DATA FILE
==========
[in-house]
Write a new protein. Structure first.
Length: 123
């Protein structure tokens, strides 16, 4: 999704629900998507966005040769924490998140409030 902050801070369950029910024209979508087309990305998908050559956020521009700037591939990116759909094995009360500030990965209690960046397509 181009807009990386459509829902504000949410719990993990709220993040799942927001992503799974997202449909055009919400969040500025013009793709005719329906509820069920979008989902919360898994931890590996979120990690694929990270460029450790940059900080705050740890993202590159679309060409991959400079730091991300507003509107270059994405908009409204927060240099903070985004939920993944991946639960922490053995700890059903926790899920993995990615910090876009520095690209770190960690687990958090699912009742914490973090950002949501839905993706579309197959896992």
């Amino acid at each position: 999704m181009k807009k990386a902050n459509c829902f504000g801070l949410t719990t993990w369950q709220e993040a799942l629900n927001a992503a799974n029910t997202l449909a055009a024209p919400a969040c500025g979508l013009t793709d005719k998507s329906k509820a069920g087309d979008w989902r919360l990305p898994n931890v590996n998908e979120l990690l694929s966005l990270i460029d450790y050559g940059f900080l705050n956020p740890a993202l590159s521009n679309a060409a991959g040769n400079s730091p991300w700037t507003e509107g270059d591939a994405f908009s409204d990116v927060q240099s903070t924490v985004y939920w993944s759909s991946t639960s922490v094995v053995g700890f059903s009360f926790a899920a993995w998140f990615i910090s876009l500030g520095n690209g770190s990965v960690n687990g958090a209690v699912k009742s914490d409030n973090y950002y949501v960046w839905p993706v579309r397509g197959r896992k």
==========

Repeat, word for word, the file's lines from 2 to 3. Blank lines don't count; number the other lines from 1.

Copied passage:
Write a new protein. Structure first.
Length: 123